Aug. 17, 2017
For Immediate Release
Waterloo – Wilfrid Laurier University has hired its first-ever Indigenous Curriculum Specialist.
Erin Hodson, who began in the role Aug. 1, is an accomplished researcher from the Tecumseh Centre for Aboriginal Research and Education at Brock University and holds a master’s degree in the social and cultural contexts of education. She has experience in curriculum development focused on Indigeneity, and has taught in the area of Indigenous Studies.
“One of the steps Laurier is taking to respond to the Truth and Reconciliation Commission of Canada’s Calls to Action on education is enhancing diversity,” said Jean Becker, Laurier’s senior advisor: Indigenous Initiatives. “This role is critical in the actualization of our goal to build capacity in Indigenous education and to support the indigenization of our campuses.”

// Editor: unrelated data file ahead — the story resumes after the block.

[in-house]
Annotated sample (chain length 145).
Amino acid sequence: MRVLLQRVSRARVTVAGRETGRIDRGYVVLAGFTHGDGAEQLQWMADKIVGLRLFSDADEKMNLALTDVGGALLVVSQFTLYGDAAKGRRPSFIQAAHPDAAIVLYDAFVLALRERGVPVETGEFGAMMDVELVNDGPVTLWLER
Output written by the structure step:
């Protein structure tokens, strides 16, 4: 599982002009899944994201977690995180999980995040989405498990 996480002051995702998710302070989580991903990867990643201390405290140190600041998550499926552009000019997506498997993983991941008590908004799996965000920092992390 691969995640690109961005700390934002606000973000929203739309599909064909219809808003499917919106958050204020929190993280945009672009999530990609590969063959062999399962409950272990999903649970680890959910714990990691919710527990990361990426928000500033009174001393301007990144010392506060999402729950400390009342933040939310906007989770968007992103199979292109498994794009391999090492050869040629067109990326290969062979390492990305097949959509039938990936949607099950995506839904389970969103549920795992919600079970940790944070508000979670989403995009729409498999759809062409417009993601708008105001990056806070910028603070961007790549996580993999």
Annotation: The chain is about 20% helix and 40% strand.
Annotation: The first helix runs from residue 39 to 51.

As the university’s Indigenous Curriculum Specialist, Hodson will work closely with the Office of Indigenous Initiatives and with Teaching and Learning to provide support to Laurier instructors as they integrate Indigenous ways of knowing and Indigenous curriculum into courses and programs. Hodson will also work closely with Indigenous communities to build mutual understanding and the development of meaningful conversations to strengthen Laurier’s relationship with these groups.
“Academic excellence is achieved through active engagement with complex and diverse ways of knowing,” said Kathryn Carter, Laurier’s associate vice-president: Teaching and Learning. “This position will support faculty as they seek to engage more deeply and meaningfully with Indigenous issues in course content.”
Hodson said the newly created role, collaboratively developed between Indigenous Initiatives and Teaching and Learning, will enhance Laurier’s Indigenous programming and support.
“To the best of my knowledge, there are only a few other positions like this in Canada,” said Hodson. “Laurier’s investment in the mandate of this position reflects its commitment to building greater cross-disciplinary capacity in Indigeneity and to recognizing and developing students as unique, holistic beings.”
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